Imagine if you were more realistic or rational with coming to terms with your broken relationship, lost job, dead dog or whatever substitute you anticipated would happen the “normal” way but didn’t. Imagine also the peace of mind when you finally accepted what was bound to occur. This, of course, decreases the anxiety, hurt/or disappointment associated with hanging on or having lingering sentiments in anticipation of achieving the “unavailable” desirable results.

In order to avert this, it’s best to match the desired job role/descriptions with your skills before applying for it, in which case, you can now Hope to get it — not the other way round. You can match your personal values ahead of time with what you observe in your current partner or potential partner to check if it’s something that works or will work for you respectively. You can determine your capability and see if it matches with the newly reformed operations at your current workplace — or not, really.

But beware that misidentification about who you are, your preferences with regards to what you like and not, or to put it in a better term, lack of self-awareness, will continue to make you Hope for something which will not come to fruition thus, leaving you utterly disappointed hence, to be forewarned

Is to be forearmed; Hope can leave you stuck in fool’s paradise thus prevent you from preparing for the worse

As aforementioned, Hope sometimes leaves you unrealistic when you could’ve rationalized and embraced “what is it” and begin on time to do something to avert any bad consequences or manage it — as opposed to hoping it will all go away and be better — except it will not.

Take for instance, someone who has been diagnosed to have anxiety disorder attempting to Hope and pray it out when they could hope less, accept what the reality is and seek for more hands-on psychotherapy or medications “in conjunction” with prayers to fight it and feel better — then HOPE afterward that it all works out — Moral cowardice is a term used to define the former by Simon Critcheley from Abandon (Nearly) All Hope.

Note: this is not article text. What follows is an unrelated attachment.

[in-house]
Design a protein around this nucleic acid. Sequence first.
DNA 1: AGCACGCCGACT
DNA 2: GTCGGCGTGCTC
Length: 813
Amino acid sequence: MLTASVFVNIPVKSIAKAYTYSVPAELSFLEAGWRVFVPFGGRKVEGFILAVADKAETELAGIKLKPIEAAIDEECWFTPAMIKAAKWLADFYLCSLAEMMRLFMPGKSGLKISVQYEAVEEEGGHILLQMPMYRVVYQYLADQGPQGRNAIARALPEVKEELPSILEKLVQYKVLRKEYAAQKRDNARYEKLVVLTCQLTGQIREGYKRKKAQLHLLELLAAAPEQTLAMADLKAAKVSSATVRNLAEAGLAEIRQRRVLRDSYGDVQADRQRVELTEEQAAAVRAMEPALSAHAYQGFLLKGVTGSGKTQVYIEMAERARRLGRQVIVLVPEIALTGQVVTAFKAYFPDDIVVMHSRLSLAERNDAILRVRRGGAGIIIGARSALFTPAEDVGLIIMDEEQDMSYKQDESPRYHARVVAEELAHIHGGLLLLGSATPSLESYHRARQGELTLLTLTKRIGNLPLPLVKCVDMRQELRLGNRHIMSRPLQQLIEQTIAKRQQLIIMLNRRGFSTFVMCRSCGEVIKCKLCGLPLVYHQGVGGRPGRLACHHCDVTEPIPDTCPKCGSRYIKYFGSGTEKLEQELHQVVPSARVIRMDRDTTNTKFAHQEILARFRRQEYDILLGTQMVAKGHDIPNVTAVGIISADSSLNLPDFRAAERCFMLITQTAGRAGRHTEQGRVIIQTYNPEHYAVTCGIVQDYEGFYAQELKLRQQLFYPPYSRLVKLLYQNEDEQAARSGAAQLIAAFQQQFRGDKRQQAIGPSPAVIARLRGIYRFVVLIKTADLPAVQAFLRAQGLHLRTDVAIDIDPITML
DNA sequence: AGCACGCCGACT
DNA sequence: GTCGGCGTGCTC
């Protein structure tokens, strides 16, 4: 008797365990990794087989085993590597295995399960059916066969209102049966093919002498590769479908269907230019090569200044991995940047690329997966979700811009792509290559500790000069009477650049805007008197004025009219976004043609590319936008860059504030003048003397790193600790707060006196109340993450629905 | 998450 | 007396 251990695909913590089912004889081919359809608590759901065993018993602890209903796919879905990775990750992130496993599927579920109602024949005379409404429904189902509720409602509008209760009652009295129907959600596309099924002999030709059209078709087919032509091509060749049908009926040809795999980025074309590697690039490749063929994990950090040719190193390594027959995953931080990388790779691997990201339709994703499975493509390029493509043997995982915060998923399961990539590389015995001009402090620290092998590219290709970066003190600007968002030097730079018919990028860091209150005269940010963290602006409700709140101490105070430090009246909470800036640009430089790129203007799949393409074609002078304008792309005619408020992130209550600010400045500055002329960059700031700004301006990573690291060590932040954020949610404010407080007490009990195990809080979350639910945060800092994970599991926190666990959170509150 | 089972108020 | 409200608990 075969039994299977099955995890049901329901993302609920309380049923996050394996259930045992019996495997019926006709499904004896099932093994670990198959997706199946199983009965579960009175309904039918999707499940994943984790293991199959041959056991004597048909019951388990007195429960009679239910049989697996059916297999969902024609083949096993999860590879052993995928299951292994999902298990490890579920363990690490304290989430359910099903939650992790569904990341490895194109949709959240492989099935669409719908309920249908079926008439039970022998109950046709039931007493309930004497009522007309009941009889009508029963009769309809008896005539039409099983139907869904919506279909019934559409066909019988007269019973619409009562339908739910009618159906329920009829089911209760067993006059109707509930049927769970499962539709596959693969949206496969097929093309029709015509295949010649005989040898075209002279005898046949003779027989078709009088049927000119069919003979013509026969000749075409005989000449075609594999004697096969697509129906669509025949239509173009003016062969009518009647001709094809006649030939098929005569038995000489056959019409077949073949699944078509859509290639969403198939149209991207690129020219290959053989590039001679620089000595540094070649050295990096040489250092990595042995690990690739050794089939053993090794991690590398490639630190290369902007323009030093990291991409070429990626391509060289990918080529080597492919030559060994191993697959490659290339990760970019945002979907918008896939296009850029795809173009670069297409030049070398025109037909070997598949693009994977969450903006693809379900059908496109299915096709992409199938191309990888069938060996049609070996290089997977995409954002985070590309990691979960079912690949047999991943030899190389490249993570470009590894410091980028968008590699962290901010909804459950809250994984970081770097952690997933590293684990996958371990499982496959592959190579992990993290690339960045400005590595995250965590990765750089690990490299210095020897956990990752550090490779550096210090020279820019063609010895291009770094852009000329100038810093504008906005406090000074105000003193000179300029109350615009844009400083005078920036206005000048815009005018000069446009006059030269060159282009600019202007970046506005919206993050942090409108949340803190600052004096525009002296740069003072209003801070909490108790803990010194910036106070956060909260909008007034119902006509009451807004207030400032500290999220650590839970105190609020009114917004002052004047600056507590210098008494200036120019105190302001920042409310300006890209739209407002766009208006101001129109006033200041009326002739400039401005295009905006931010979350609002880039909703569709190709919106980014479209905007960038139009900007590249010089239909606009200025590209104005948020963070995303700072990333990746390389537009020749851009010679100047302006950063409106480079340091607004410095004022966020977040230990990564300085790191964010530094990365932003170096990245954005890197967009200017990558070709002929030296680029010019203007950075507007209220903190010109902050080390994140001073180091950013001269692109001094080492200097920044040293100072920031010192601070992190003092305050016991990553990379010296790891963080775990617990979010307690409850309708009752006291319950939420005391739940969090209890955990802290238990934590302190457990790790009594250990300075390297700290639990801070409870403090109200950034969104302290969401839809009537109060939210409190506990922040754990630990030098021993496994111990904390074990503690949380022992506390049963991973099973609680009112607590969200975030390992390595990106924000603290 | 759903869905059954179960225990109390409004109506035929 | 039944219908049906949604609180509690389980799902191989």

This is also in accordance with what Michael Schreiner said, an author of the book-The problem with Hope. It states thus “it’s easy to confuse the idea of mindful acceptance with unhealthy states of feeling like giving up, complacency, or settling for less.

Hope can leave you hopeless, if “care” is not taken

Hope works like a muse, a trigger to a peaceful state of mind that everything will go as anticipated but when you continuously fail in achieving the desirable because of how clingy and reliant yet, unrealistically you Hope, this can leave you feeling hopeless as opposed to if you really dissected the situation beforehand or better still, when you found yourself in it.

Wouldn’t it be better to be hopeful and strive to achieve your results with a more realistic approach than to blindly delve into anything with “hopes” only, that everything turns out well and then you are left stuck with its direct opposite and forced into a deep state of despair instead? This state of hopelessness in turn, usually occurs as a result of constant paranoia that everything else will fail similarly.

What am I trying to say

In general, hope is a virtue to inculcate and exhibit behaviorally. It helps the mind to feel a sense of safety/security that things will go well or as planned thus, giving the peace/or ease of mind. However, realizing when to sincerely rehearse an event before getting into it or brutally weighing your current situation to determine what’s working or not, is realism. This will save you from a ton of hurt and feeling of perpetual paranoia hence, hopelessness — when eventually things don’t play out the way you’d HOPED.

What is it going to be?



A girl who writes & addresses toxic hidden agenda in the form of topical issues whilst digesting their relative life lessons. I can't alone— It's a ‘let's all’.

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Comet N.

A girl who writes & addresses toxic hidden agenda in the form of topical issues whilst digesting their relative life lessons. I can't alone— It's a ‘let's all’.